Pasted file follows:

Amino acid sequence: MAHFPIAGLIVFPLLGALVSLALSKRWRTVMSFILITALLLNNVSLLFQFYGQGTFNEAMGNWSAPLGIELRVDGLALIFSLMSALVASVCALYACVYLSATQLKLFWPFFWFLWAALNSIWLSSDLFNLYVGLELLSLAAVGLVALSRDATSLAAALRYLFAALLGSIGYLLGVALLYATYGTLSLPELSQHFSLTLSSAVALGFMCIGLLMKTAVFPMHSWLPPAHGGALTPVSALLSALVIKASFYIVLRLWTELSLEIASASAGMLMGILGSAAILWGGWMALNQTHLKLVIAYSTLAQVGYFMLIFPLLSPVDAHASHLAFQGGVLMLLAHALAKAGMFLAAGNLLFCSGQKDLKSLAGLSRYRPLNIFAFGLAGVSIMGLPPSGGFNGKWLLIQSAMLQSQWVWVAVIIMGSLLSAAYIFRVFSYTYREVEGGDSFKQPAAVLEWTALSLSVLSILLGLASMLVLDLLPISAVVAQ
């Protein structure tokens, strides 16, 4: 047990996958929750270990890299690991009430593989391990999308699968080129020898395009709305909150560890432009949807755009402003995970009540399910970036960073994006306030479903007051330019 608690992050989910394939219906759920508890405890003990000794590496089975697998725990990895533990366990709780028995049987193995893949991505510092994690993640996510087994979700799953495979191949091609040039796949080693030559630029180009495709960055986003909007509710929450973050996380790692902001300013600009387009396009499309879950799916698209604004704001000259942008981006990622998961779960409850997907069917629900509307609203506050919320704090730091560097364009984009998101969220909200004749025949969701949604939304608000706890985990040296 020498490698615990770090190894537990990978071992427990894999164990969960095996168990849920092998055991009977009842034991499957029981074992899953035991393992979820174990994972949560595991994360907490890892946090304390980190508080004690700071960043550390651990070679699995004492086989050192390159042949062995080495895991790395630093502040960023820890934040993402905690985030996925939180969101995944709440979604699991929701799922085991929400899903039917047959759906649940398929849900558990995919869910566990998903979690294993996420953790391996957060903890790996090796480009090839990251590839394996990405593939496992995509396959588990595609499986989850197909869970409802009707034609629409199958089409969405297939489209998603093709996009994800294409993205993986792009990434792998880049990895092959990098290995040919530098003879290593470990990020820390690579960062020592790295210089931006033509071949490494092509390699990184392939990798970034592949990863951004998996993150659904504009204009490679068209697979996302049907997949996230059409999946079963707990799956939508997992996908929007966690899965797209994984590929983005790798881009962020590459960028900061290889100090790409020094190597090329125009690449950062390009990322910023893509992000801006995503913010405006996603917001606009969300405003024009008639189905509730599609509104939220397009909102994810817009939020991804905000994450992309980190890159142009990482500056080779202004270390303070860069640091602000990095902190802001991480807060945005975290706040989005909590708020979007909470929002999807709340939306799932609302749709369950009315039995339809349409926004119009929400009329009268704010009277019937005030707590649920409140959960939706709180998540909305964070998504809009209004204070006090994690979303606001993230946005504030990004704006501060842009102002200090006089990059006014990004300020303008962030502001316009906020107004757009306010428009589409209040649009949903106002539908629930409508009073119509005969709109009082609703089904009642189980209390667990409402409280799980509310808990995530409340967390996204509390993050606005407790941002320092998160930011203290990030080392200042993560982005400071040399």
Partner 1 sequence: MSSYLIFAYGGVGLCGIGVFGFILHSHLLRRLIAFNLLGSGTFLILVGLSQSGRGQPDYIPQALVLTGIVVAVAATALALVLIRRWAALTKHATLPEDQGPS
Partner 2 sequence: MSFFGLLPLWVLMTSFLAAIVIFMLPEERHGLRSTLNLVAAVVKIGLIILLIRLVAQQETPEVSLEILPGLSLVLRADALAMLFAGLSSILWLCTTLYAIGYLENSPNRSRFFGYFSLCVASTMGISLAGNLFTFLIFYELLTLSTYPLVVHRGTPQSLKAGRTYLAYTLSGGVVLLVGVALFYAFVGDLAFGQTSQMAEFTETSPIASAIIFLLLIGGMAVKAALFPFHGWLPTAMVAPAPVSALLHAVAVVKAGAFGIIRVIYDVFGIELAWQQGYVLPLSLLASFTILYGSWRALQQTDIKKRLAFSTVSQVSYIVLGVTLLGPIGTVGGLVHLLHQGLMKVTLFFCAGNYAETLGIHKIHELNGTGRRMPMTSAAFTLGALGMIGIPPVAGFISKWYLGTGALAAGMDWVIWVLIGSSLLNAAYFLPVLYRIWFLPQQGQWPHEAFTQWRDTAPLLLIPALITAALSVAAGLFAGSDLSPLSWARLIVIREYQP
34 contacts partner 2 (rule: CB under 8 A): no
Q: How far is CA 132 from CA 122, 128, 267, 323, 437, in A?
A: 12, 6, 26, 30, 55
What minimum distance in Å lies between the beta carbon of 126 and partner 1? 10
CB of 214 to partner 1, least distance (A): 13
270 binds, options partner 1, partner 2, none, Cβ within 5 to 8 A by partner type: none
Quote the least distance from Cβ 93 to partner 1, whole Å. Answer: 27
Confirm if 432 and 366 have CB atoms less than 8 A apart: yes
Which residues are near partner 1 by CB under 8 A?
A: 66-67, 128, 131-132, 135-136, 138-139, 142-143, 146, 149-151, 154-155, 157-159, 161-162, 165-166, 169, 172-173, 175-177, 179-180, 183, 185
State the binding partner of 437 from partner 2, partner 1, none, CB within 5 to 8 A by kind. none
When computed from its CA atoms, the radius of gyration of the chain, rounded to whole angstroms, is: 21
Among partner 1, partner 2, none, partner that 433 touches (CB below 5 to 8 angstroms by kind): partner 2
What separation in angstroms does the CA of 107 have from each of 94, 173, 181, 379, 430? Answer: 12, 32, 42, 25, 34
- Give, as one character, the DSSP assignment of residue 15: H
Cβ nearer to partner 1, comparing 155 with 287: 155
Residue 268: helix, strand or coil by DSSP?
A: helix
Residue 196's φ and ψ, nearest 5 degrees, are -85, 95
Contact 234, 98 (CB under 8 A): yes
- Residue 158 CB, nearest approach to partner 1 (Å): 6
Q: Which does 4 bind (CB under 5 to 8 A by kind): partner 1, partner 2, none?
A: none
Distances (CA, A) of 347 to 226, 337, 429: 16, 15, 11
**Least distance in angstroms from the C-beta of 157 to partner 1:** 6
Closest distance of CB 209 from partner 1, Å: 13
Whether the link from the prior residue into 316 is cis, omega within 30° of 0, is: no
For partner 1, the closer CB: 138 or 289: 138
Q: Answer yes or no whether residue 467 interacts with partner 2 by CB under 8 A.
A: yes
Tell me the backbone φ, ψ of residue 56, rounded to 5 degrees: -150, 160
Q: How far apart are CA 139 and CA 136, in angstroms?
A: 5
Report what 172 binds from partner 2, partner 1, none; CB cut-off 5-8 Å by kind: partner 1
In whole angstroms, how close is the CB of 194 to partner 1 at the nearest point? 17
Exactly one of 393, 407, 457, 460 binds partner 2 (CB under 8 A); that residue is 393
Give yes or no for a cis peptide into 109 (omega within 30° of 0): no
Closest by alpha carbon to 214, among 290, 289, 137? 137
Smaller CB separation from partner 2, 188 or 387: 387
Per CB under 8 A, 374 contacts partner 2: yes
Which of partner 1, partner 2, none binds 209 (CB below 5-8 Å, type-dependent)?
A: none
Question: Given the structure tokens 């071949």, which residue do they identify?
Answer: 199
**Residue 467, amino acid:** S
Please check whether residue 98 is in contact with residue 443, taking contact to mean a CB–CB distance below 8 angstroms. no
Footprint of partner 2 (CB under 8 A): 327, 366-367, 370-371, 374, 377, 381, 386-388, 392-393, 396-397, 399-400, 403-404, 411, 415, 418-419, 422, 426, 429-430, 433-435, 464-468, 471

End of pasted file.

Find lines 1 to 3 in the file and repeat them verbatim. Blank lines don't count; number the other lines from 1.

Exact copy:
Amino acid sequence: MAHFPIAGLIVFPLLGALVSLALSKRWRTVMSFILITALLLNNVSLLFQFYGQGTFNEAMGNWSAPLGIELRVDGLALIFSLMSALVASVCALYACVYLSATQLKLFWPFFWFLWAALNSIWLSSDLFNLYVGLELLSLAAVGLVALSRDATSLAAALRYLFAALLGSIGYLLGVALLYATYGTLSLPELSQHFSLTLSSAVALGFMCIGLLMKTAVFPMHSWLPPAHGGALTPVSALLSALVIKASFYIVLRLWTELSLEIASASAGMLMGILGSAAILWGGWMALNQTHLKLVIAYSTLAQVGYFMLIFPLLSPVDAHASHLAFQGGVLMLLAHALAKAGMFLAAGNLLFCSGQKDLKSLAGLSRYRPLNIFAFGLAGVSIMGLPPSGGFNGKWLLIQSAMLQSQWVWVAVIIMGSLLSAAYIFRVFSYTYREVEGGDSFKQPAAVLEWTALSLSVLSILLGLASMLVLDLLPISAVVAQ
């Protein structure tokens, strides 16, 4: 047990996958929750270990890299690991009430593989391990999308699968080129020898395009709305909150560890432009949807755009402003995970009540399910970036960073994006306030479903007051330019 608690992050989910394939219906759920508890405890003990000794590496089975697998725990990895533990366990709780028995049987193995893949991505510092994690993640996510087994979700799953495979191949091609040039796949080693030559630029180009495709960055986003909007509710929450973050996380790692902001300013600009387009396009499309879950799916698209604004704001000259942008981006990622998961779960409850997907069917629900509307609203506050919320704090730091560097364009984009998101969220909200004749025949969701949604939304608000706890985990040296 020498490698615990770090190894537990990978071992427990894999164990969960095996168990849920092998055991009977009842034991499957029981074992899953035991393992979820174990994972949560595991994360907490890892946090304390980190508080004690700071960043550390651990070679699995004492086989050192390159042949062995080495895991790395630093502040960023820890934040993402905690985030996925939180969101995944709440979604699991929701799922085991929400899903039917047959759906649940398929849900558990995919869910566990998903979690294993996420953790391996957060903890790996090796480009090839990251590839394996990405593939496992995509396959588990595609499986989850197909869970409802009707034609629409199958089409969405297939489209998603093709996009994800294409993205993986792009990434792998880049990895092959990098290995040919530098003879290593470990990020820390690579960062020592790295210089931006033509071949490494092509390699990184392939990798970034592949990863951004998996993150659904504009204009490679068209697979996302049907997949996230059409999946079963707990799956939508997992996908929007966690899965797209994984590929983005790798881009962020590459960028900061290889100090790409020094190597090329125009690449950062390009990322910023893509992000801006995503913010405006996603917001606009969300405003024009008639189905509730599609509104939220397009909102994810817009939020991804905000994450992309980190890159142009990482500056080779202004270390303070860069640091602000990095902190802001991480807060945005975290706040989005909590708020979007909470929002999807709340939306799932609302749709369950009315039995339809349409926004119009929400009329009268704010009277019937005030707590649920409140959960939706709180998540909305964070998504809009209004204070006090994690979303606001993230946005504030990004704006501060842009102002200090006089990059006014990004300020303008962030502001316009906020107004757009306010428009589409209040649009949903106002539908629930409508009073119509005969709109009082609703089904009642189980209390667990409402409280799980509310808990995530409340967390996204509390993050606005407790941002320092998160930011203290990030080392200042993560982005400071040399």
Partner 1 sequence: MSSYLIFAYGGVGLCGIGVFGFILHSHLLRRLIAFNLLGSGTFLILVGLSQSGRGQPDYIPQALVLTGIVVAVAATALALVLIRRWAALTKHATLPEDQGPS